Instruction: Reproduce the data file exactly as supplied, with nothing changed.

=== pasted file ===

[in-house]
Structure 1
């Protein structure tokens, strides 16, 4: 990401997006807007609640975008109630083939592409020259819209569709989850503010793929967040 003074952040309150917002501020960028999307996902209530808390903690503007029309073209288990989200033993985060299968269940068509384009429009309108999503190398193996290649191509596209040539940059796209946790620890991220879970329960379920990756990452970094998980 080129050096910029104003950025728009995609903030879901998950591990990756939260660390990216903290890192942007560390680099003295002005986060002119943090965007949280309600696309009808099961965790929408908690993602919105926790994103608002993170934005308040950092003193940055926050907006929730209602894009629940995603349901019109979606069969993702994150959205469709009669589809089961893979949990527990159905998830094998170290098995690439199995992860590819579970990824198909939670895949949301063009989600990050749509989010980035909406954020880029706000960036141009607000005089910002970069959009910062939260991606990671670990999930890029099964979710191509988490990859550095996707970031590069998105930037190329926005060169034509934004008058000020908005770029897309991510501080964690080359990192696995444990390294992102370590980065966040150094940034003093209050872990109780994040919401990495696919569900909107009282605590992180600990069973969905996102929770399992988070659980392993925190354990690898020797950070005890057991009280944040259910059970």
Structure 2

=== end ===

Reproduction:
[in-house]
Structure 1
């Protein structure tokens, strides 16, 4: 990401997006807007609640975008109630083939592409020259819209569709989850503010793929967040 003074952040309150917002501020960028999307996902209530808390903690503007029309073209288990989200033993985060299968269940068509384009429009309108999503190398193996290649191509596209040539940059796209946790620890991220879970329960379920990756990452970094998980 080129050096910029104003950025728009995609903030879901998950591990990756939260660390990216903290890192942007560390680099003295002005986060002119943090965007949280309600696309009808099961965790929408908690993602919105926790994103608002993170934005308040950092003193940055926050907006929730209602894009629940995603349901019109979606069969993702994150959205469709009669589809089961893979949990527990159905998830094998170290098995690439199995992860590819579970990824198909939670895949949301063009989600990050749509989010980035909406954020880029706000960036141009607000005089910002970069959009910062939260991606990671670990999930890029099964979710191509988490990859550095996707970031590069998105930037190329926005060169034509934004008058000020908005770029897309991510501080964690080359990192696995444990390294992102370590980065966040150094940034003093209050872990109780994040919401990495696919569900909107009282605590992180600990069973969905996102929770399992988070659980392993925190354990690898020797950070005890057991009280944040259910059970």
Structure 2